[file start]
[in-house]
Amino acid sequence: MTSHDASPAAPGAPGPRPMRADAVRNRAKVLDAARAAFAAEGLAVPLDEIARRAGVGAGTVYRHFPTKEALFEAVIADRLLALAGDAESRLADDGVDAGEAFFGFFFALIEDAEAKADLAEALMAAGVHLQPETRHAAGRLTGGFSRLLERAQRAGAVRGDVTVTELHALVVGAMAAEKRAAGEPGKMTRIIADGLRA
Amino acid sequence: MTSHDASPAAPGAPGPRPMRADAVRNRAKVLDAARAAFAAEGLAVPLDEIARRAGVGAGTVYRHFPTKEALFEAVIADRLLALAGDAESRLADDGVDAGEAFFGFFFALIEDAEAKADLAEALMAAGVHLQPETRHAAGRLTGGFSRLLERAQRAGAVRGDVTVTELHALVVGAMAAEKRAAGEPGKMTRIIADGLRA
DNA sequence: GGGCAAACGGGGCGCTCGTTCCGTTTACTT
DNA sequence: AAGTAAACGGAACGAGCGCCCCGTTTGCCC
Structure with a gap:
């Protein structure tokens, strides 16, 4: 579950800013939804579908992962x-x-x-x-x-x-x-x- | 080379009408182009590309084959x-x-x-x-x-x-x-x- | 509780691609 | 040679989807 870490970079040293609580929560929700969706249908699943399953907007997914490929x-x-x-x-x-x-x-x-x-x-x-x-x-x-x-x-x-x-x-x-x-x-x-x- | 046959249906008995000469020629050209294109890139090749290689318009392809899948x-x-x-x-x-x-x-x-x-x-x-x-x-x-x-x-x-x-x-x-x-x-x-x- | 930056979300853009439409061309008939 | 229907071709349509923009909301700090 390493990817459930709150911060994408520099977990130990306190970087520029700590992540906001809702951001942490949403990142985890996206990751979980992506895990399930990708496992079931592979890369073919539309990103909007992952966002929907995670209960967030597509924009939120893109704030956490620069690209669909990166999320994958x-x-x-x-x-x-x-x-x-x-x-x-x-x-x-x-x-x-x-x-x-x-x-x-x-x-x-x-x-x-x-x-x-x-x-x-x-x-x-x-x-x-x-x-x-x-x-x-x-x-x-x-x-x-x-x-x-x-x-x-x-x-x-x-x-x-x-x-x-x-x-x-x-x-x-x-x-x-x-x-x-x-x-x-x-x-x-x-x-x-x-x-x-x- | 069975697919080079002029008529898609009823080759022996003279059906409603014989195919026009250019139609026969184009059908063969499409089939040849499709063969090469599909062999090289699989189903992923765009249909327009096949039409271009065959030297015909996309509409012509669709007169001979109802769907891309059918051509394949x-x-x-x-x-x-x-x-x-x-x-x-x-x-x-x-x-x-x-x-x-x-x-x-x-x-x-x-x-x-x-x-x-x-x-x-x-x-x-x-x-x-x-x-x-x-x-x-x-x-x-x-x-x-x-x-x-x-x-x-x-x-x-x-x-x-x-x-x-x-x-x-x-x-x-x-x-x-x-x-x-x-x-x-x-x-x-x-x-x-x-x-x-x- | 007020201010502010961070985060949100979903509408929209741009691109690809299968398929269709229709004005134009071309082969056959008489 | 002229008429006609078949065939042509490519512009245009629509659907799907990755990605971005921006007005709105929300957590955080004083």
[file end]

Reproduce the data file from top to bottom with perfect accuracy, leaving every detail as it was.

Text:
[in-house]
Amino acid sequence: MTSHDASPAAPGAPGPRPMRADAVRNRAKVLDAARAAFAAEGLAVPLDEIARRAGVGAGTVYRHFPTKEALFEAVIADRLLALAGDAESRLADDGVDAGEAFFGFFFALIEDAEAKADLAEALMAAGVHLQPETRHAAGRLTGGFSRLLERAQRAGAVRGDVTVTELHALVVGAMAAEKRAAGEPGKMTRIIADGLRA
Amino acid sequence: MTSHDASPAAPGAPGPRPMRADAVRNRAKVLDAARAAFAAEGLAVPLDEIARRAGVGAGTVYRHFPTKEALFEAVIADRLLALAGDAESRLADDGVDAGEAFFGFFFALIEDAEAKADLAEALMAAGVHLQPETRHAAGRLTGGFSRLLERAQRAGAVRGDVTVTELHALVVGAMAAEKRAAGEPGKMTRIIADGLRA
DNA sequence: GGGCAAACGGGGCGCTCGTTCCGTTTACTT
DNA sequence: AAGTAAACGGAACGAGCGCCCCGTTTGCCC
Structure with a gap:
């Protein structure tokens, strides 16, 4: 579950800013939804579908992962x-x-x-x-x-x-x-x- | 080379009408182009590309084959x-x-x-x-x-x-x-x- | 509780691609 | 040679989807 870490970079040293609580929560929700969706249908699943399953907007997914490929x-x-x-x-x-x-x-x-x-x-x-x-x-x-x-x-x-x-x-x-x-x-x-x- | 046959249906008995000469020629050209294109890139090749290689318009392809899948x-x-x-x-x-x-x-x-x-x-x-x-x-x-x-x-x-x-x-x-x-x-x-x- | 930056979300853009439409061309008939 | 229907071709349509923009909301700090 390493990817459930709150911060994408520099977990130990306190970087520029700590992540906001809702951001942490949403990142985890996206990751979980992506895990399930990708496992079931592979890369073919539309990103909007992952966002929907995670209960967030597509924009939120893109704030956490620069690209669909990166999320994958x-x-x-x-x-x-x-x-x-x-x-x-x-x-x-x-x-x-x-x-x-x-x-x-x-x-x-x-x-x-x-x-x-x-x-x-x-x-x-x-x-x-x-x-x-x-x-x-x-x-x-x-x-x-x-x-x-x-x-x-x-x-x-x-x-x-x-x-x-x-x-x-x-x-x-x-x-x-x-x-x-x-x-x-x-x-x-x-x-x-x-x-x-x- | 069975697919080079002029008529898609009823080759022996003279059906409603014989195919026009250019139609026969184009059908063969499409089939040849499709063969090469599909062999090289699989189903992923765009249909327009096949039409271009065959030297015909996309509409012509669709007169001979109802769907891309059918051509394949x-x-x-x-x-x-x-x-x-x-x-x-x-x-x-x-x-x-x-x-x-x-x-x-x-x-x-x-x-x-x-x-x-x-x-x-x-x-x-x-x-x-x-x-x-x-x-x-x-x-x-x-x-x-x-x-x-x-x-x-x-x-x-x-x-x-x-x-x-x-x-x-x-x-x-x-x-x-x-x-x-x-x-x-x-x-x-x-x-x-x-x-x-x- | 007020201010502010961070985060949100979903509408929209741009691109690809299968398929269709229709004005134009071309082969056959008489 | 002229008429006609078949065939042509490519512009245009629509659907799907990755990605971005921006007005709105929300957590955080004083």